Mexico should stop its president’s latest antidemocratic maneuver


The United States is not the only North American democracy at risk from a president’s belief that he is a victim of election-rigging. In Mexico, left-wing populist Andrés Manuel López Obrador lost the 2006 presidential election by less than one percentage point, cried fraud and refused to concede even after tribunals unanimously rejected his claims, and mobilized supporters to blockade a busy thoroughfare in the nation’s capital. Though Mr. López Obrador ultimately relented and presidents from other parties governed through 2018, he remained obsessed with 2006. Now that he is president — having won an undisputed election in 2018 — Mr. López Obrador is bent on remaking the electoral system he still blames for cheating him more than 16 years ago.

The president’s proposals threaten the system’s independence and with it Mexico’s hard-won transition from authoritarianism to multiparty democracy. The crucial institution Mr. López Obrador seeks to transform — the National Electoral Institute — signed off on his 2018 win. He nevertheless portrays the panel, known by its Spanish-language initials, INE, as biased, elitist and wasteful of taxpayer money. The president wants a new system whereby voters choose a seven-member panel from 60 candidates of whom the president, Congress and the Supreme Court would each pick about 20;they would serve for six years, the length of a presidential term in Mexico. The susceptibility to politicization of such a panel is obvious. In contrast, the current INE consists of 11 members, selected for their expertise by a nominating committee, then confirmed by a two-thirds vote of Congress; they serve for nine years each. Public opinion polls show that substantial majorities of Mexicans approve of the INE’s work. A recent European Union fact-finding mission concluded that Mexico’s existing system works and enjoys public trust — and that Mr. LópezObrador’s plan “carries an inherent risk of undermining such trust.”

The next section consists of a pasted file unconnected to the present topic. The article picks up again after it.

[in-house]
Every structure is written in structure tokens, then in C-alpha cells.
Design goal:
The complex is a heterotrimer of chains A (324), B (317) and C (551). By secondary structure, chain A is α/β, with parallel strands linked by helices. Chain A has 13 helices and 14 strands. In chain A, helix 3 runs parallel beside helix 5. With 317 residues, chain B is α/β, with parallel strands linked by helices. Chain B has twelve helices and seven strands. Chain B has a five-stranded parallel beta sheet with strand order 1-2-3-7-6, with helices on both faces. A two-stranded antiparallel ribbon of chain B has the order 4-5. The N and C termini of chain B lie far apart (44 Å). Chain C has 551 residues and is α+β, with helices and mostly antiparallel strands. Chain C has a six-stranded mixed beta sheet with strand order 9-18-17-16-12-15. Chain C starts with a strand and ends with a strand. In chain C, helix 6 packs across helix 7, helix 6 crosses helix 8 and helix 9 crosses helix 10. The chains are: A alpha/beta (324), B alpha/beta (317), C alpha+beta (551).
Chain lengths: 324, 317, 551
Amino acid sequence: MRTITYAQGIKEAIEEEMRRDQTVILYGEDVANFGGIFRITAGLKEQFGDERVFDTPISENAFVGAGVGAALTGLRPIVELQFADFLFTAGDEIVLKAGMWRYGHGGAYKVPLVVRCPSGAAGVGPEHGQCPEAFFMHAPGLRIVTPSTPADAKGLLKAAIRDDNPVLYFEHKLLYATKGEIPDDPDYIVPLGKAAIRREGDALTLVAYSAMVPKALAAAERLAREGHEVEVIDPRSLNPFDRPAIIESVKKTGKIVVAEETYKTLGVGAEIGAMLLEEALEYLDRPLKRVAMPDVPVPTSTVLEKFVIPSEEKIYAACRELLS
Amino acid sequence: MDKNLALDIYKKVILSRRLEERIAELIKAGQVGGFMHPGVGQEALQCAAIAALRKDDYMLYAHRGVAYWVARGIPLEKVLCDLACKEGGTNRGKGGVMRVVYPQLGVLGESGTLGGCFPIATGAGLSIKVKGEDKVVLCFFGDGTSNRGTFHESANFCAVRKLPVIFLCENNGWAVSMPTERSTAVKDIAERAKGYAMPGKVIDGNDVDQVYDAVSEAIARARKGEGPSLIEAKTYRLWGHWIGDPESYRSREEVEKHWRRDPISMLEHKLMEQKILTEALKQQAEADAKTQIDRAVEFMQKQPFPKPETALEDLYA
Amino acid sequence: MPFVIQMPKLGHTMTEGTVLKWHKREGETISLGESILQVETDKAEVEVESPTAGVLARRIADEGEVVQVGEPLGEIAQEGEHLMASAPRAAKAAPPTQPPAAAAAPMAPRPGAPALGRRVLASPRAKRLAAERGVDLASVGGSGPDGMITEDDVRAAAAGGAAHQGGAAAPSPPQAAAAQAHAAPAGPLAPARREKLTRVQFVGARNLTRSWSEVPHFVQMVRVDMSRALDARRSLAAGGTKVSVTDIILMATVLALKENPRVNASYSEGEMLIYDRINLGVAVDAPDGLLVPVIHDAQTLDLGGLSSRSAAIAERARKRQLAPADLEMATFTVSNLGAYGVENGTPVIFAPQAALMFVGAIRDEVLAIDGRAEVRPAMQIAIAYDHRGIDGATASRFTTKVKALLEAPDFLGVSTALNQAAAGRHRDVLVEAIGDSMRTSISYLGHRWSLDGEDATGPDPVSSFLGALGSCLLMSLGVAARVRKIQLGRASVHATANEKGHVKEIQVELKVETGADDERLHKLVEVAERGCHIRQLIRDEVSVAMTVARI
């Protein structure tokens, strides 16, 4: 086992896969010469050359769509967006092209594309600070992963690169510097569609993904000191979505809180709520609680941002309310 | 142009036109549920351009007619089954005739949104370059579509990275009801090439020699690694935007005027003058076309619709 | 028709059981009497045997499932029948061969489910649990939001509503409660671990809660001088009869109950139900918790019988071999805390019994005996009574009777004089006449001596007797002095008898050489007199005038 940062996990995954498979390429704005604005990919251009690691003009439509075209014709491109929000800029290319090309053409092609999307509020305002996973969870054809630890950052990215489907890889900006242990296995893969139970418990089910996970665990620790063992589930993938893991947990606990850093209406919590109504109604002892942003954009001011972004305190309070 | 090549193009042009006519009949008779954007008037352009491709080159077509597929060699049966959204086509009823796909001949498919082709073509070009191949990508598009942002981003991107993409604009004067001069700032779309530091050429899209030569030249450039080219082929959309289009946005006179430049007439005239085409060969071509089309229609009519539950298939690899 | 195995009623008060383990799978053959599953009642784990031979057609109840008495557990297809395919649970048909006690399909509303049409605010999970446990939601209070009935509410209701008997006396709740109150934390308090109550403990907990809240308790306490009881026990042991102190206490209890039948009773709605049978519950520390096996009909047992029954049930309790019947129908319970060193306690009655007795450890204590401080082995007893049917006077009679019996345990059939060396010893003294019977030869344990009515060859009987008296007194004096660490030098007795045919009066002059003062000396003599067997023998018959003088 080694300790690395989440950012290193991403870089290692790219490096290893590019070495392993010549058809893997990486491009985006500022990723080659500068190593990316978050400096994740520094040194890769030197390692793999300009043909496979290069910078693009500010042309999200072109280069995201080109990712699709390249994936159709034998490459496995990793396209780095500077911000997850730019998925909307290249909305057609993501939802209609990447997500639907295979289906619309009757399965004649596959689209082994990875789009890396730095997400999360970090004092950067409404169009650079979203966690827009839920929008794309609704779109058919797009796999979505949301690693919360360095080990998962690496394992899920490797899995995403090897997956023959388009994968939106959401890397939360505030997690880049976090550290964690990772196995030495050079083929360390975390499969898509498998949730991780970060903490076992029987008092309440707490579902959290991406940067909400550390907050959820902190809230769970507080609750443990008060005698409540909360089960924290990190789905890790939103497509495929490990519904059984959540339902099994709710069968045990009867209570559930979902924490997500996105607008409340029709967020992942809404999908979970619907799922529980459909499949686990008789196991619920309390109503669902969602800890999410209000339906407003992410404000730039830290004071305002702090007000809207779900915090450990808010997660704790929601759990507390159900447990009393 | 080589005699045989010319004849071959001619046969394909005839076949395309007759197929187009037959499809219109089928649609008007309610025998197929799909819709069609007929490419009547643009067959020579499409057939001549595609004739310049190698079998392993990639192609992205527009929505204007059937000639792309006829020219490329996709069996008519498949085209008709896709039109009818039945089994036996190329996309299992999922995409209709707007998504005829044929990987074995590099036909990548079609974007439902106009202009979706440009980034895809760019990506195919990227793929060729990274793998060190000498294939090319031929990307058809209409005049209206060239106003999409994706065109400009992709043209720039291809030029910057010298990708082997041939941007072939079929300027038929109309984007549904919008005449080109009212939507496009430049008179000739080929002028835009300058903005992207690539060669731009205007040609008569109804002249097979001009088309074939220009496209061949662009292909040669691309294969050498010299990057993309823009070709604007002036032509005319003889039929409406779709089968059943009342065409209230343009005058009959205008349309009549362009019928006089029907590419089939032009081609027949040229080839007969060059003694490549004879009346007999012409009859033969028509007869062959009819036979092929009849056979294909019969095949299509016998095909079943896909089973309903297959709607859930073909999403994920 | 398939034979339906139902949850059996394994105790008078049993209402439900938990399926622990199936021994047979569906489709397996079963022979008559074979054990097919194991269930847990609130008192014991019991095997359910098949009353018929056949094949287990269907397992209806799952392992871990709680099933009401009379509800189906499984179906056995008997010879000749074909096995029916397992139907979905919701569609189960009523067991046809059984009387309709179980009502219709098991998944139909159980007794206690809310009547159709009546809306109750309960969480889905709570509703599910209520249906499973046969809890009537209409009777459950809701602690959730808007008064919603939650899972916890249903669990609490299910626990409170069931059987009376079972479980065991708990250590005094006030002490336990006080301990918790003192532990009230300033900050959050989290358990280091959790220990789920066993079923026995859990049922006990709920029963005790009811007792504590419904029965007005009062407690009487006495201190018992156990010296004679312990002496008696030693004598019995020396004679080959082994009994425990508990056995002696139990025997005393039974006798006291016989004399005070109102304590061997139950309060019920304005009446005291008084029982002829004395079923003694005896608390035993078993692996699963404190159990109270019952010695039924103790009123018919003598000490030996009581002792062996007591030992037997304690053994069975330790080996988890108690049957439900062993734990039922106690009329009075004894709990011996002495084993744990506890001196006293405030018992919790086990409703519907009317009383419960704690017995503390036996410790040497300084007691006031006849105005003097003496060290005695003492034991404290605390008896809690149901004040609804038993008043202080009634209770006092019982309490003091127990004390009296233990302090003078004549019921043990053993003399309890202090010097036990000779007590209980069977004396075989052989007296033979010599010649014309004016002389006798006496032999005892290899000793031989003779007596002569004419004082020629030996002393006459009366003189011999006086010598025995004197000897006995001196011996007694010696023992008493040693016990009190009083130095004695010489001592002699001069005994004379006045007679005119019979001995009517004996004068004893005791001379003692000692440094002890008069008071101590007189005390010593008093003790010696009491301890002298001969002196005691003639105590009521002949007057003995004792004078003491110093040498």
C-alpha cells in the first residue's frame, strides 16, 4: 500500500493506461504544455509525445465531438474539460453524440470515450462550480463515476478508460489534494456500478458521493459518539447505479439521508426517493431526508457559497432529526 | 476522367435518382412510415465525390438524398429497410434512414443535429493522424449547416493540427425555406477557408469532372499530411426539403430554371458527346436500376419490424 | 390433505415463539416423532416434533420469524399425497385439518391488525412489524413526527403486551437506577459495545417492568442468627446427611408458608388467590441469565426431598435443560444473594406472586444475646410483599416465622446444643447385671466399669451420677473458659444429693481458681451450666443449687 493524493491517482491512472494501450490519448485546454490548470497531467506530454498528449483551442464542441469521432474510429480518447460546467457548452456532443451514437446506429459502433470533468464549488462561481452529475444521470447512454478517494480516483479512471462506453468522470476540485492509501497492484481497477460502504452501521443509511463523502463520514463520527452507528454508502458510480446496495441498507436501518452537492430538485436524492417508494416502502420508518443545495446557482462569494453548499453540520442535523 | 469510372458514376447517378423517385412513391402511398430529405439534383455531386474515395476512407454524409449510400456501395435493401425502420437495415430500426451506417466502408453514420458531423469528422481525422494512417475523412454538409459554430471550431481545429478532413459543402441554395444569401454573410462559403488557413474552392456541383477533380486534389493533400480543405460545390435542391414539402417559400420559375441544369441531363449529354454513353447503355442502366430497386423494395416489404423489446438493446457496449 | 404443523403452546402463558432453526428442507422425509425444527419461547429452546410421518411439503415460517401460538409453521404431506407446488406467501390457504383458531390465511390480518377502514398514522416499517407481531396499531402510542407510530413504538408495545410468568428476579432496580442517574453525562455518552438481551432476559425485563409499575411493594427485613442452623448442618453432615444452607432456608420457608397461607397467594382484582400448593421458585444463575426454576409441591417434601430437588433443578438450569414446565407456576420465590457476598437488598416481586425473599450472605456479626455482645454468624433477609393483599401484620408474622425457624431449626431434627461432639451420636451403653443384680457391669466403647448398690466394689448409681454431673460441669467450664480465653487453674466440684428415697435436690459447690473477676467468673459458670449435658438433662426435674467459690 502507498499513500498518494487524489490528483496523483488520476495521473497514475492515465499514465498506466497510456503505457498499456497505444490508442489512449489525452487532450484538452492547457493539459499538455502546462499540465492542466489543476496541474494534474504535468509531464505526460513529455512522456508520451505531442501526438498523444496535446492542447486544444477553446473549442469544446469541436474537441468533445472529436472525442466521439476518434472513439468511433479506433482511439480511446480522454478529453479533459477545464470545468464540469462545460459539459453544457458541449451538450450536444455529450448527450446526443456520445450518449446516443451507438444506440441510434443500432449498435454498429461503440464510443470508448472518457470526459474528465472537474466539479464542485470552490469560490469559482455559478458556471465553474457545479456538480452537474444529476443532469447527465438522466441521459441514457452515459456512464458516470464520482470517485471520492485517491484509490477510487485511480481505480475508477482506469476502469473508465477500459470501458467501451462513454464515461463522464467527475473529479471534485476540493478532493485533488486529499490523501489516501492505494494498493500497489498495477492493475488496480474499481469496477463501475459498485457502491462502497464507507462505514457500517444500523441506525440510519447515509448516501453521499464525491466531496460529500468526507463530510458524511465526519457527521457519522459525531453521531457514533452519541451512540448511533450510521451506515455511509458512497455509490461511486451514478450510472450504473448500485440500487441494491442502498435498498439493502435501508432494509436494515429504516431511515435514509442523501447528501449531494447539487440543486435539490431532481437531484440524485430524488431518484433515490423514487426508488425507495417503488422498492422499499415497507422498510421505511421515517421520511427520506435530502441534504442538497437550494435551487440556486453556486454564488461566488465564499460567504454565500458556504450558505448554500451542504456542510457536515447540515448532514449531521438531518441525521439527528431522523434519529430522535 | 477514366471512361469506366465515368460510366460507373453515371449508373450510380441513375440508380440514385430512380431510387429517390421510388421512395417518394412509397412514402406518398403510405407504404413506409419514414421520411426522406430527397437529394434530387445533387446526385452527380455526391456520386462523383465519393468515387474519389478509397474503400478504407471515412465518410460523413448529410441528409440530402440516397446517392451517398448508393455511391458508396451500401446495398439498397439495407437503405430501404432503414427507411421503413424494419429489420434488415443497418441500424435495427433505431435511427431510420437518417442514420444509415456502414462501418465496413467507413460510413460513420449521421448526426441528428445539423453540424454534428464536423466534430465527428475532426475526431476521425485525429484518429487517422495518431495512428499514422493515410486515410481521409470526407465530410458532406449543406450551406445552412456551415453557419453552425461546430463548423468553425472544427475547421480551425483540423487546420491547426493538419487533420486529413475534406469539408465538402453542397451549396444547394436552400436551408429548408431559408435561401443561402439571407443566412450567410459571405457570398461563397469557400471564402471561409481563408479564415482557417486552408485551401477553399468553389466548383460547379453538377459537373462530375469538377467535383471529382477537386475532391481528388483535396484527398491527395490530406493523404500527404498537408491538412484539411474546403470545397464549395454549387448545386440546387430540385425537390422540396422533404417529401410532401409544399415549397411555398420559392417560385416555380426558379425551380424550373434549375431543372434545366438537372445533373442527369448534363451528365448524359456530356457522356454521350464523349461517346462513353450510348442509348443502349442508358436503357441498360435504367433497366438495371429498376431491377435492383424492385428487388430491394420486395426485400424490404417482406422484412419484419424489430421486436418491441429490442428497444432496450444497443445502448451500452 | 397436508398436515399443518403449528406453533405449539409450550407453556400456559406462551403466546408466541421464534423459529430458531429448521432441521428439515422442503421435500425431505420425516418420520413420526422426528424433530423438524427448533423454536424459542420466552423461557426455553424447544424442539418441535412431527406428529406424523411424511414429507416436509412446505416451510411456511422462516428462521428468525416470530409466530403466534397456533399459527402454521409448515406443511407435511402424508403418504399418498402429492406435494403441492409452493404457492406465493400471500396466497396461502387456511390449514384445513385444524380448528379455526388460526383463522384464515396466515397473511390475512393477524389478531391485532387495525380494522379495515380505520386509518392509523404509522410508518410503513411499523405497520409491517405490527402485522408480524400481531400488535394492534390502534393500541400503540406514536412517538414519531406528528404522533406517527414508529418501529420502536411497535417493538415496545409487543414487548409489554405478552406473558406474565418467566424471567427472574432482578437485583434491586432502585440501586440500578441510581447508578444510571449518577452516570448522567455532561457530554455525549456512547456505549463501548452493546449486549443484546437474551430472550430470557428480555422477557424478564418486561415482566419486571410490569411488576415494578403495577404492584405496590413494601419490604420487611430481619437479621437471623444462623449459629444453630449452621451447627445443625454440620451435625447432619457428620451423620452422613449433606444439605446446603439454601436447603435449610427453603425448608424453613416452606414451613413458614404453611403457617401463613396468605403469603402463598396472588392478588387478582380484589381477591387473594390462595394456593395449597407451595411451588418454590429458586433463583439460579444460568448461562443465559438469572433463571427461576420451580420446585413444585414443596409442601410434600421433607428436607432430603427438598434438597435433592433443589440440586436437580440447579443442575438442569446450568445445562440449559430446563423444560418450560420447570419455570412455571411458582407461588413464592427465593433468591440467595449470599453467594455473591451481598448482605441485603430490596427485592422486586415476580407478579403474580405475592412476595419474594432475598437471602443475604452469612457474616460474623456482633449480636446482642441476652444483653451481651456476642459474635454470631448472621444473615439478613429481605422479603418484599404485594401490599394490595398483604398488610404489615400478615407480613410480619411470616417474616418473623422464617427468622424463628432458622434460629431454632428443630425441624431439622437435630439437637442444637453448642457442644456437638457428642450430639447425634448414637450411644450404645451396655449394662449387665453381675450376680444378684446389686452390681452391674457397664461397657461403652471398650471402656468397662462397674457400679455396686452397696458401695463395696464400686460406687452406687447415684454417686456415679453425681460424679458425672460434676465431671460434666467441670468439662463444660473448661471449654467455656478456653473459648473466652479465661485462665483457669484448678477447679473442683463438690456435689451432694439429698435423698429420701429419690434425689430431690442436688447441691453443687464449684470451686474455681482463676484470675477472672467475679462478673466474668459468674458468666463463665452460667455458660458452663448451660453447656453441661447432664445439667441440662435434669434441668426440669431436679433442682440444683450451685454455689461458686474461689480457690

An increasing number of Mexicans rightly suspect that Mr. López Obrador is trying to perpetuate his party’s dominance even after his term ends in 2024, mimicking the authoritarian system that prevailed under the Institutional Revolutionary Party during the 20th century. On Nov. 13, tens of thousands of people marched through Mexico City and other cities to protest the president’s plan. Mr. López Obrador branded them as defenders of class and racial privilege — then mobilized his supporters, many of them bused in from outlying regions, for a counterdemonstration in Mexico City on Sunday, in a show of force as the country’s Congress considers the issue. Though the president probably lacks the two-thirds majority needed to amend the constitution, he has said that he will try to achieve his objectives through legislation, which requires only a simple majority.

The Biden administration, the U.S. Congress nor the U.S. public generally should remain indifferent to these developments. The United States has many interests — trade, energy, migration, drug smuggling — in Mexico, but none is more important than ensuring democracy flourishes. Next month’s North American Leaders’ Summit with Mr. López Obrador and Canadian Prime Minister Justin Trudeau provides President Biden an opportunity to deliver that message in person, and unequivocally.

Source: Washington Post